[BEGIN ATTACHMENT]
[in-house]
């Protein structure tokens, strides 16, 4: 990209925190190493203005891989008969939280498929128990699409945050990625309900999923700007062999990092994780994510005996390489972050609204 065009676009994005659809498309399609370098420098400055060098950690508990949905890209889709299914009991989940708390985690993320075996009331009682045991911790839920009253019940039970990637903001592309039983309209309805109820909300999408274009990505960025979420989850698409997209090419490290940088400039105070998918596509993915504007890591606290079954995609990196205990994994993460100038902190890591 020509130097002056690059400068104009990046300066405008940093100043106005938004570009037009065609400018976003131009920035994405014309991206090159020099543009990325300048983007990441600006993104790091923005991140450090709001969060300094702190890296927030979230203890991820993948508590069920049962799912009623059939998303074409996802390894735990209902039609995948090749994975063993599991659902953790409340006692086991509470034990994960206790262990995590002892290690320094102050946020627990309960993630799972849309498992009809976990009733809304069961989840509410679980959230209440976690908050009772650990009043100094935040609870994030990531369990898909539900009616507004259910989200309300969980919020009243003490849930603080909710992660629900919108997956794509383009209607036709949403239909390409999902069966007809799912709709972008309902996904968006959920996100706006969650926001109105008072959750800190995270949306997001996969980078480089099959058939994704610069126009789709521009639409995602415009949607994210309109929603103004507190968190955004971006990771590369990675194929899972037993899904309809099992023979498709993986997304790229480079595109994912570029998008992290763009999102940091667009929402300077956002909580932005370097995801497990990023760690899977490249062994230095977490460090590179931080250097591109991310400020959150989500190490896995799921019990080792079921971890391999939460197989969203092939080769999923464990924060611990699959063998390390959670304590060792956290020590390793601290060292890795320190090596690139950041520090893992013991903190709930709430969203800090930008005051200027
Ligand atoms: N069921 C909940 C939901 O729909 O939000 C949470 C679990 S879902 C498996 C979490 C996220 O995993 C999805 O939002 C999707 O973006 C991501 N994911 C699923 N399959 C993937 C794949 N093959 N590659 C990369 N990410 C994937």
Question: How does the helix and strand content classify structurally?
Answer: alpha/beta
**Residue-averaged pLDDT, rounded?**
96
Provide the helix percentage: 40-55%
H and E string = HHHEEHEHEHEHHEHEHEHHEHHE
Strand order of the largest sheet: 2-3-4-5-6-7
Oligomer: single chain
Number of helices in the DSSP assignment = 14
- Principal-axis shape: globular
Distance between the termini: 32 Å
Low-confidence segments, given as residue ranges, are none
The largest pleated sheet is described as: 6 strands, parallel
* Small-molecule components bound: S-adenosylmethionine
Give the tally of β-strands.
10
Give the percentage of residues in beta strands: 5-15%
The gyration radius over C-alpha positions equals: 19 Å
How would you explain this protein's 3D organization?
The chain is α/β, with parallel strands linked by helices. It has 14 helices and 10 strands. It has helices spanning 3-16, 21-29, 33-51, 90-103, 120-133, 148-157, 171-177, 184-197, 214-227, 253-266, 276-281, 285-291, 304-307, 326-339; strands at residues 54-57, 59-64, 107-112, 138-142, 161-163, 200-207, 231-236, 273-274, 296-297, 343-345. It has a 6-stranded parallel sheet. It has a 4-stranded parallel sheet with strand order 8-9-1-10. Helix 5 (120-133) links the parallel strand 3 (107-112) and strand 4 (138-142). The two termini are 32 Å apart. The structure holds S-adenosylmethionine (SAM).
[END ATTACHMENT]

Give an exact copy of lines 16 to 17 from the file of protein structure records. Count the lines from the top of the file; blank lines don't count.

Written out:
The largest pleated sheet is described as: 6 strands, parallel
* Small-molecule components bound: S-adenosylmethionine